A statement released Sunday March 4, 2018, on behalf of Bannister's family said Sir Roger Bannister died peacefully in Oxford on March 3, aged 88.
A statement released Sunday March 4, 2018, on behalf of Bannister's family said Sir Roger Bannister died peacefully in Oxford on March 3, aged 88. AP Photo - Lefteris Pitarakis

Running legend Bannister dead

THE sports world is mourning the loss of Sir Roger Bannister - the first athlete to run a sub-four minute mile - who has died.

The Sun reports that the 88-year-old passed away at home in Oxford after battling Parkinsons, his family said.

Roger Bannister in 1954. Picture: Allsport Hulton/Archive
Roger Bannister in 1954. Picture: Allsport Hulton/Archive

Running legend Sir Roger completed a mile (1.6 kilometres) in just 3mins 59.4 secs in May 1954.

He had little training and practised while training to be a junior doctor.

A few months later in 1954, Bannister beat Australian rival John Landy in the Miracle Mile or Mile of the Century at the Empire Games in Vancouver, British Columbia as both men ran under 4 minutes.

He went on to become a top brain doc and Master of Pembroke College, Oxford.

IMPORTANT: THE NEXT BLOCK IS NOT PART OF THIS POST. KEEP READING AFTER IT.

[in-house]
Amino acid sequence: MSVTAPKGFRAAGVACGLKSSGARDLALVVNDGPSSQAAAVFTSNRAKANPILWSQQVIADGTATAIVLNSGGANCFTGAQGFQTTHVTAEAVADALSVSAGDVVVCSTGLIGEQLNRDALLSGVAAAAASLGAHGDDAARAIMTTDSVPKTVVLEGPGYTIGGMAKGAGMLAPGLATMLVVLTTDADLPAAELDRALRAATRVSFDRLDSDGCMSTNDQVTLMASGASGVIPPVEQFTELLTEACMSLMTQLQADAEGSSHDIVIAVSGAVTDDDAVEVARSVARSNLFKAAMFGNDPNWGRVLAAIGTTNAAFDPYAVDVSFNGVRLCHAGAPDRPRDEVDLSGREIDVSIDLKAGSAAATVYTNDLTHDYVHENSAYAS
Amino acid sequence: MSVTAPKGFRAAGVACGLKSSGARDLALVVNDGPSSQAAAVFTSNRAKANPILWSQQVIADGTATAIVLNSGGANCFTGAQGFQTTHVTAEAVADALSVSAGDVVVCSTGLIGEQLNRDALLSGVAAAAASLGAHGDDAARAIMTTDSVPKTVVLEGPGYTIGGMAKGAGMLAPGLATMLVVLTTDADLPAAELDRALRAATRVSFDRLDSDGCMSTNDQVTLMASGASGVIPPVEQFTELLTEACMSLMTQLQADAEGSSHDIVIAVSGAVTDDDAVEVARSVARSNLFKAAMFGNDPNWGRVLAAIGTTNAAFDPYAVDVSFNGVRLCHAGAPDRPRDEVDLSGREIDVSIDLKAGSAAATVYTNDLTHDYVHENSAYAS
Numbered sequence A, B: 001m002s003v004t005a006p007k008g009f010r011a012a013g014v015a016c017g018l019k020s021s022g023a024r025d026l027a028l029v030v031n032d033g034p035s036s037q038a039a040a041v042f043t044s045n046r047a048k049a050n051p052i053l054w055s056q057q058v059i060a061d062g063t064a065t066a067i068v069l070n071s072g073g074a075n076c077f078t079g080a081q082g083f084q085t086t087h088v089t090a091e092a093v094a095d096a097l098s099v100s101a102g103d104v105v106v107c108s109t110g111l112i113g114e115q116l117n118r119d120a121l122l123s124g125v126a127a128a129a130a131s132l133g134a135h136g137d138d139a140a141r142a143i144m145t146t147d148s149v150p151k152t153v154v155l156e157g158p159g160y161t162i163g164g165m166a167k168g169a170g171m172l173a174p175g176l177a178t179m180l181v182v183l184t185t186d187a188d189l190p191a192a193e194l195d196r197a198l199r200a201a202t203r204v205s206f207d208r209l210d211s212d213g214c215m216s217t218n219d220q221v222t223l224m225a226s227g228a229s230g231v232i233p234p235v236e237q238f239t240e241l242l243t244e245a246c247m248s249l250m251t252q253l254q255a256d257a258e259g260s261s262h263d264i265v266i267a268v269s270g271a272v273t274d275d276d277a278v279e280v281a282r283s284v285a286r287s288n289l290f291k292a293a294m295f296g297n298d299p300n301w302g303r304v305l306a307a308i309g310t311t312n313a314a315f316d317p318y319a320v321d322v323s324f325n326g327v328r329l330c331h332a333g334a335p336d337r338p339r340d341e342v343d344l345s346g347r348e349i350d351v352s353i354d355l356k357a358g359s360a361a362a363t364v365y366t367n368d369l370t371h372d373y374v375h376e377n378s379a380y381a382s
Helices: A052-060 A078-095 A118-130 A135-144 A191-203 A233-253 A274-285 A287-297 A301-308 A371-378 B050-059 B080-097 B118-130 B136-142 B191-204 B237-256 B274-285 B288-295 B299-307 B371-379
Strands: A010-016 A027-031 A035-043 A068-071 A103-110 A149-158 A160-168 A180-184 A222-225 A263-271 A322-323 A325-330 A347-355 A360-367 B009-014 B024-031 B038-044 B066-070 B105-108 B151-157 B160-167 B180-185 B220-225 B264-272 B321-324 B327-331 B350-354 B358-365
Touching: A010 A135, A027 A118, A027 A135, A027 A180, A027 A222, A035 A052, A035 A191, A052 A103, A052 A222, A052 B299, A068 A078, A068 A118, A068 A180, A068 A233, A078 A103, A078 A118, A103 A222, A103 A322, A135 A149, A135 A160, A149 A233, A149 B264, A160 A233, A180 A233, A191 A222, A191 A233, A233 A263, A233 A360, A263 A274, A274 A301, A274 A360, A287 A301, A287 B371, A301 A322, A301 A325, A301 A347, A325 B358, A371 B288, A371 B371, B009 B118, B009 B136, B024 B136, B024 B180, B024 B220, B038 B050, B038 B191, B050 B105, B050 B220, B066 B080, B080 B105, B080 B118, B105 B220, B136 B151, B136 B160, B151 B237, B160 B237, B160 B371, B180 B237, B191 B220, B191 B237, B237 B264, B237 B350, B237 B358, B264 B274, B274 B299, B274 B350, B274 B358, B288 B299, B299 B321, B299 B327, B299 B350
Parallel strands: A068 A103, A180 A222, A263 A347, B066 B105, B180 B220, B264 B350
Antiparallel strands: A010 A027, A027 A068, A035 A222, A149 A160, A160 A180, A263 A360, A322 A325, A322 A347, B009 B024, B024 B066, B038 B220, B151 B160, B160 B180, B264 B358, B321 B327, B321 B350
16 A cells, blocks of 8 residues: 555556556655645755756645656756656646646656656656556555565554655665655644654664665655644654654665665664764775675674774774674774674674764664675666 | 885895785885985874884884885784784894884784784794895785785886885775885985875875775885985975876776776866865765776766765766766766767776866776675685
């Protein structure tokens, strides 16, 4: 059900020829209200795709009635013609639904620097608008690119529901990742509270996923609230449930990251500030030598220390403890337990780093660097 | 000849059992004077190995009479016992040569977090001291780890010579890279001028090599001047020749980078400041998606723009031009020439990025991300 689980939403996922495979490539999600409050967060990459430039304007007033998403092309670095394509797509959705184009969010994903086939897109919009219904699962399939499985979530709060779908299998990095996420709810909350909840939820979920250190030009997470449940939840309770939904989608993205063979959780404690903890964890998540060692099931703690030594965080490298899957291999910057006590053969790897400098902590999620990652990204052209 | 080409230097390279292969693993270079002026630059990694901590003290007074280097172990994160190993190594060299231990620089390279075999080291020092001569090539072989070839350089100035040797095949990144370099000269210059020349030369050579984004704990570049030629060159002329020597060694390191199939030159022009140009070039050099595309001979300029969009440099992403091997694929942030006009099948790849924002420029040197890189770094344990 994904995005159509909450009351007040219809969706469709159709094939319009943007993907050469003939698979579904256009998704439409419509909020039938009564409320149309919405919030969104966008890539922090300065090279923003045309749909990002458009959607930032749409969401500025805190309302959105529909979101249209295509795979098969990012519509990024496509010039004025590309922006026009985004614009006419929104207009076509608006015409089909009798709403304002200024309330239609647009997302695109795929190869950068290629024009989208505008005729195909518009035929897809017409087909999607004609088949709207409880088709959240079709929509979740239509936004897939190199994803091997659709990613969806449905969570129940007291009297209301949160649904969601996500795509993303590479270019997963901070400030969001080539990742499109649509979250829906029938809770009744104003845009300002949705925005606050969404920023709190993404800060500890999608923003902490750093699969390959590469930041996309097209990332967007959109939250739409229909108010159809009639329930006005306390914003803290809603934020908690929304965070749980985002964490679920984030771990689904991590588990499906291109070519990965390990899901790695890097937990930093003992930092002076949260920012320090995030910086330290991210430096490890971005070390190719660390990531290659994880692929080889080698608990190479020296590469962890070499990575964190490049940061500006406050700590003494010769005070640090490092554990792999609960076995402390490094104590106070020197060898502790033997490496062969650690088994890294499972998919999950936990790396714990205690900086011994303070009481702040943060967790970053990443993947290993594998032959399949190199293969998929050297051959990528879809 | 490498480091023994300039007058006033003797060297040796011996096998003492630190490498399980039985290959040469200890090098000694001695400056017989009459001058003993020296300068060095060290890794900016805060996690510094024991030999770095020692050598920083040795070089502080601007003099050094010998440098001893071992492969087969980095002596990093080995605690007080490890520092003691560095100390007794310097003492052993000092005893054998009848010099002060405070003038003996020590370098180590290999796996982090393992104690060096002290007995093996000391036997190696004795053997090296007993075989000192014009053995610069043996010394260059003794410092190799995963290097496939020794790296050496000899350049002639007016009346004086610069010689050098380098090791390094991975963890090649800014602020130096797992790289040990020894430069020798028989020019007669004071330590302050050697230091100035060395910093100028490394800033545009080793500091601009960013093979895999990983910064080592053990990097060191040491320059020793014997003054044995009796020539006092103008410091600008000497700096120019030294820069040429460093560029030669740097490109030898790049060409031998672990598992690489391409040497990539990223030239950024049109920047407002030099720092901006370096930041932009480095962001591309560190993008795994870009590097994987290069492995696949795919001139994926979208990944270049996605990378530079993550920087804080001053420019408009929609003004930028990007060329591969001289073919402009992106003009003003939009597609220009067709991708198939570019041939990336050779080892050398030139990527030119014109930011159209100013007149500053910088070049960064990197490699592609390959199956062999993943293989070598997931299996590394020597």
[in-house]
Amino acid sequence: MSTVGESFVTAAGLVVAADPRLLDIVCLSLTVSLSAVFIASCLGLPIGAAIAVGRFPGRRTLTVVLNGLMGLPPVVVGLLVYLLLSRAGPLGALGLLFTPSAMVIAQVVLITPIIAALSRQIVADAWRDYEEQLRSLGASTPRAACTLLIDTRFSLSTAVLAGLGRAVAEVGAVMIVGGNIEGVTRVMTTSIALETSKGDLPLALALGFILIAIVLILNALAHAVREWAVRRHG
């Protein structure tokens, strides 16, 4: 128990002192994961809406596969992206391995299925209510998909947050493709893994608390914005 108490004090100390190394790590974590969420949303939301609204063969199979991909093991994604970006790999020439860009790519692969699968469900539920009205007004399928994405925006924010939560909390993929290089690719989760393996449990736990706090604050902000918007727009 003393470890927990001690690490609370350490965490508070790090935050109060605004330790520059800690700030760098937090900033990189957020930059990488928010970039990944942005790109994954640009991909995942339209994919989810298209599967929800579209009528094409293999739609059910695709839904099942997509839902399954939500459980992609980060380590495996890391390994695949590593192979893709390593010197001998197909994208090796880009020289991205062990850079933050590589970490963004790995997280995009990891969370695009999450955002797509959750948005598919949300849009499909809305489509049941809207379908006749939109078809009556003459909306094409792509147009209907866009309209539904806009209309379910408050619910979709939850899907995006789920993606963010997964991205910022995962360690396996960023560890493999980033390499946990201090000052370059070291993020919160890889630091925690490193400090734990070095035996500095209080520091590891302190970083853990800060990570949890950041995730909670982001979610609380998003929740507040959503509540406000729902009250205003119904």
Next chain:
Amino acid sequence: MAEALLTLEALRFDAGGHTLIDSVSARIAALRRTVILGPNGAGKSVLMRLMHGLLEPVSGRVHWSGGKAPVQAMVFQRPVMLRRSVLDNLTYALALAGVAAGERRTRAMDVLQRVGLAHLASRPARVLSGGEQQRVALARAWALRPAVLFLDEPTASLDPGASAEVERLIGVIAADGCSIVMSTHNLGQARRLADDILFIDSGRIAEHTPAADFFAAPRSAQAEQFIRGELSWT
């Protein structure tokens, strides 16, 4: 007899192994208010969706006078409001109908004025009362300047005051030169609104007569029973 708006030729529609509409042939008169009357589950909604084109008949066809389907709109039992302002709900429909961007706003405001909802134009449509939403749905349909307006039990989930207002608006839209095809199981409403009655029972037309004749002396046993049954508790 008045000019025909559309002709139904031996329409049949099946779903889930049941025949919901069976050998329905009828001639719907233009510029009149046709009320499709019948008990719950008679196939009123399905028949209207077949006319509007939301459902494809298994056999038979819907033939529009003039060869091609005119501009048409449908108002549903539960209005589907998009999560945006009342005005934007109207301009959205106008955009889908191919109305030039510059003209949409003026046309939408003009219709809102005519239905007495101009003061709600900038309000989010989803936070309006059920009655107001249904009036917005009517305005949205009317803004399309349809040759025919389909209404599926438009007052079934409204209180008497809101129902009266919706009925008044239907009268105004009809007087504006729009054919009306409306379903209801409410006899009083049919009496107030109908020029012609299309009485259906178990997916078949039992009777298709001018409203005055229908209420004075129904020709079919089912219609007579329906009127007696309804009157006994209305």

A statement released on behalf of Sir Roger's family said: "Sir Roger Bannister, died peacefully in Oxford on 3rd March 2018, aged 88, surrounded by his family who were as loved by him, as he was loved by them.

"He banked his treasure in the hearts of his friends."

Dr Roger Bannister breaking four minute mile at Oxford.  Picture:  Supplied
Dr Roger Bannister breaking four minute mile at Oxford. Picture: Supplied

Tributes poured in with everyone from British Prime Minister Theresa May to Australian runner Steve Moneghetti remembering the sports legend.

Married Sir Roger, knighted for services to sport in 1975, was diagnosed with Parkinson's in 2011.

He told BBC Radio Oxford in 2014: "I have seen, and looked after, patients with so many neurological and other disorders that I am not surprised I have acquired an illness.

"It's in the nature of things, there's a gentle irony to it."

Bannister was aided by Sir Christopher Chataway and Chris Brasher as pacemakers as he broke the fabled four minute mark at the Iffley Road in Oxford on May 6 1954.

That year he won a Commonwealth and European Championship gold medal.

This article originally appeared in The Sun and is republished here with permission

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